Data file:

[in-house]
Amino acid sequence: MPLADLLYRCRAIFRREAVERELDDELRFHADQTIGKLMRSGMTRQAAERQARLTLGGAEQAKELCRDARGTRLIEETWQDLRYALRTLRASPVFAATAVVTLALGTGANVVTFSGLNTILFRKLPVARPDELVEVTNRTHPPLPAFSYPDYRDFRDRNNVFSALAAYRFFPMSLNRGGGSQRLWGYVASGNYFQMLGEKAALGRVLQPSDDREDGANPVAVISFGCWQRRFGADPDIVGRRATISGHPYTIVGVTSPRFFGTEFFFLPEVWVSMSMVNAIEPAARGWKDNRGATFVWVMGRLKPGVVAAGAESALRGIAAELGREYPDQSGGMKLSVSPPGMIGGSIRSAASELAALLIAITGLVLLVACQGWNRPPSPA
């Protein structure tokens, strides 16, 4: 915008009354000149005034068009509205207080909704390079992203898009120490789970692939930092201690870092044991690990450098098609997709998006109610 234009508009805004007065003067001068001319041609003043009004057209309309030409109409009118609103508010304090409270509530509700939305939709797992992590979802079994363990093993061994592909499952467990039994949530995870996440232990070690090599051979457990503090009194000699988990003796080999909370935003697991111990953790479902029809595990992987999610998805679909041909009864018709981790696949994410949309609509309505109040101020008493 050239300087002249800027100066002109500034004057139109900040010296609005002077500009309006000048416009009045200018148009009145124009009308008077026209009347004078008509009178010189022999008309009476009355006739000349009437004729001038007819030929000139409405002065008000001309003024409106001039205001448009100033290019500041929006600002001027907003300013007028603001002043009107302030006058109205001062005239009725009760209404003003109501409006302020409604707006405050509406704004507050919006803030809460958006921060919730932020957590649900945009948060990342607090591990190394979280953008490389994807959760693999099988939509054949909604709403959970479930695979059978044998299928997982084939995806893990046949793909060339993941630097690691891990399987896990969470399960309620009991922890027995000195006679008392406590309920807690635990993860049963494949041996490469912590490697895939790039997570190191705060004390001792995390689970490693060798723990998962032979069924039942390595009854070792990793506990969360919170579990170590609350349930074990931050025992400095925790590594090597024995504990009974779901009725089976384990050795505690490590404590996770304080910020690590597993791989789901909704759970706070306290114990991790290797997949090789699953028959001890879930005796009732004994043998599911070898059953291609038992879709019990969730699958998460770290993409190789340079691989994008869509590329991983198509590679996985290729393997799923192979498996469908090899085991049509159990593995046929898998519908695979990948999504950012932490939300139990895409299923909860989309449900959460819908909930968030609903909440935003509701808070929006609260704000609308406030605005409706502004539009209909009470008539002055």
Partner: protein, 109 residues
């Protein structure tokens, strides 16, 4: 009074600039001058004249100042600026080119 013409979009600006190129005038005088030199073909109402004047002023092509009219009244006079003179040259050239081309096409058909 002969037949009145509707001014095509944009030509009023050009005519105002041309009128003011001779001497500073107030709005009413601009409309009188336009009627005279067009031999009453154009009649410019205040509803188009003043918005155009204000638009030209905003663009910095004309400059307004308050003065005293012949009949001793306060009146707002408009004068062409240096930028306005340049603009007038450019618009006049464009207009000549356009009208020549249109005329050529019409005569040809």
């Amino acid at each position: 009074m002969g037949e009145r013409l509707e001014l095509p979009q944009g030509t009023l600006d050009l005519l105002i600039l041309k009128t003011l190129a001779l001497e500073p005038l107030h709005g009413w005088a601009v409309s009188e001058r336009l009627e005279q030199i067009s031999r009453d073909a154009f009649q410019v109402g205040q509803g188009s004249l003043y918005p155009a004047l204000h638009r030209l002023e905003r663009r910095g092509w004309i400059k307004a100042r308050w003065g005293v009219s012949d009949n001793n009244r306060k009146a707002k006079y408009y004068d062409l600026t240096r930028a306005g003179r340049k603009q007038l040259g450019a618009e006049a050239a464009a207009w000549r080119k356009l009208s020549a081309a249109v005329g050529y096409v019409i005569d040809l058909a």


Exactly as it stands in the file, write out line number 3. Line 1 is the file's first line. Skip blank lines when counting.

């Protein structure tokens, strides 16, 4: 915008009354000149005034068009509205207080909704390079992203898009120490789970692939930092201690870092044991690990450098098609997709998006109610 234009508009805004007065003067001068001319041609003043009004057209309309030409109409009118609103508010304090409270509530509700939305939709797992992590979802079994363990093993061994592909499952467990039994949530995870996440232990070690090599051979457990503090009194000699988990003796080999909370935003697991111990953790479902029809595990992987999610998805679909041909009864018709981790696949994410949309609509309505109040101020008493 050239300087002249800027100066002109500034004057139109900040010296609005002077500009309006000048416009009045200018148009009145124009009308008077026209009347004078008509009178010189022999008309009476009355006739000349009437004729001038007819030929000139409405002065008000001309003024409106001039205001448009100033290019500041929006600002001027907003300013007028603001002043009107302030006058109205001062005239009725009760209404003003109501409006302020409604707006405050509406704004507050919006803030809460958006921060919730932020957590649900945009948060990342607090591990190394979280953008490389994807959760693999099988939509054949909604709403959970479930695979059978044998299928997982084939995806893990046949793909060339993941630097690691891990399987896990969470399960309620009991922890027995000195006679008392406590309920807690635990993860049963494949041996490469912590490697895939790039997570190191705060004390001792995390689970490693060798723990998962032979069924039942390595009854070792990793506990969360919170579990170590609350349930074990931050025992400095925790590594090597024995504990009974779901009725089976384990050795505690490590404590996770304080910020690590597993791989789901909704759970706070306290114990991790290797997949090789699953028959001890879930005796009732004994043998599911070898059953291609038992879709019990969730699958998460770290993409190789340079691989994008869509590329991983198509590679996985290729393997799923192979498996469908090899085991049509159990593995046929898998519908695979990948999504950012932490939300139990895409299923909860989309449900959460819908909930968030609903909440935003509701808070929006609260704000609308406030605005409706502004539009209909009470008539002055």